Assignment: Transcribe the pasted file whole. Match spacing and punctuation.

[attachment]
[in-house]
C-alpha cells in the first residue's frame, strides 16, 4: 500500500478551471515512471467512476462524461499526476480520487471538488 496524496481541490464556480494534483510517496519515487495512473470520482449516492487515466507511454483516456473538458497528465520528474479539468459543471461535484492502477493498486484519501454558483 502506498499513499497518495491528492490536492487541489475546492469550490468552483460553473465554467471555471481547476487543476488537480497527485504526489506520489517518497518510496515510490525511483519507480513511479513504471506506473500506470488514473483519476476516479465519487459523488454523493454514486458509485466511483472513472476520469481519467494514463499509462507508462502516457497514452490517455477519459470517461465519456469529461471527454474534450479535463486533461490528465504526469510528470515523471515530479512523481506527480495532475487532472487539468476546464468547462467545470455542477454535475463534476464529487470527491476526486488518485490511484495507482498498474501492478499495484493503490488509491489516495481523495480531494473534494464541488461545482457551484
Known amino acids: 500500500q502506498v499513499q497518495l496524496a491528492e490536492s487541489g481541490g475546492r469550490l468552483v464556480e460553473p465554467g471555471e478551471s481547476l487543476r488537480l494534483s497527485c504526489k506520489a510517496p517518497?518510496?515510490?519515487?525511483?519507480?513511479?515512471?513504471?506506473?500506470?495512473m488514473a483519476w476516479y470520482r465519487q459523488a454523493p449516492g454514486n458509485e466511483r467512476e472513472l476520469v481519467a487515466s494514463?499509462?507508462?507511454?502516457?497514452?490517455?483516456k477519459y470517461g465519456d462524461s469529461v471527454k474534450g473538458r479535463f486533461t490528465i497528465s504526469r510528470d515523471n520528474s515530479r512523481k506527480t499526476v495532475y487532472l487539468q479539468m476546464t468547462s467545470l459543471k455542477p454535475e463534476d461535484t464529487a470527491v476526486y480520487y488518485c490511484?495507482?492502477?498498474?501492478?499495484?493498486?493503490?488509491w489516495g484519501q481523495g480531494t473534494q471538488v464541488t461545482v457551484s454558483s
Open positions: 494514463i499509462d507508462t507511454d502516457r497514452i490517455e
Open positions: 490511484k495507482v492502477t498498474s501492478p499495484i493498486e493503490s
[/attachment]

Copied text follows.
[in-house]
C-alpha cells in the first residue's frame, strides 16, 4: 500500500478551471515512471467512476462524461499526476480520487471538488 496524496481541490464556480494534483510517496519515487495512473470520482449516492487515466507511454483516456473538458497528465520528474479539468459543471461535484492502477493498486484519501454558483 502506498499513499497518495491528492490536492487541489475546492469550490468552483460553473465554467471555471481547476487543476488537480497527485504526489506520489517518497518510496515510490525511483519507480513511479513504471506506473500506470488514473483519476476516479465519487459523488454523493454514486458509485466511483472513472476520469481519467494514463499509462507508462502516457497514452490517455477519459470517461465519456469529461471527454474534450479535463486533461490528465504526469510528470515523471515530479512523481506527480495532475487532472487539468476546464468547462467545470455542477454535475463534476464529487470527491476526486488518485490511484495507482498498474501492478499495484493503490488509491489516495481523495480531494473534494464541488461545482457551484
Known amino acids: 500500500q502506498v499513499q497518495l496524496a491528492e490536492s487541489g481541490g475546492r469550490l468552483v464556480e460553473p465554467g471555471e478551471s481547476l487543476r488537480l494534483s497527485c504526489k506520489a510517496p517518497?518510496?515510490?519515487?525511483?519507480?513511479?515512471?513504471?506506473?500506470?495512473m488514473a483519476w476516479y470520482r465519487q459523488a454523493p449516492g454514486n458509485e466511483r467512476e472513472l476520469v481519467a487515466s494514463?499509462?507508462?507511454?502516457?497514452?490517455?483516456k477519459y470517461g465519456d462524461s469529461v471527454k474534450g473538458r479535463f486533461t490528465i497528465s504526469r510528470d515523471n520528474s515530479r512523481k506527480t499526476v495532475y487532472l487539468q479539468m476546464t468547462s467545470l459543471k455542477p454535475e463534476d461535484t464529487a470527491v476526486y480520487y488518485c490511484?495507482?492502477?498498474?501492478?499495484?493498486?493503490?488509491w489516495g484519501q481523495g480531494t473534494q471538488v464541488t461545482v457551484s454558483s
Open positions: 494514463i499509462d507508462t507511454d502516457r497514452i490517455e
Open positions: 490511484k495507482v492502477t498498474s501492478p499495484i493498486e493503490s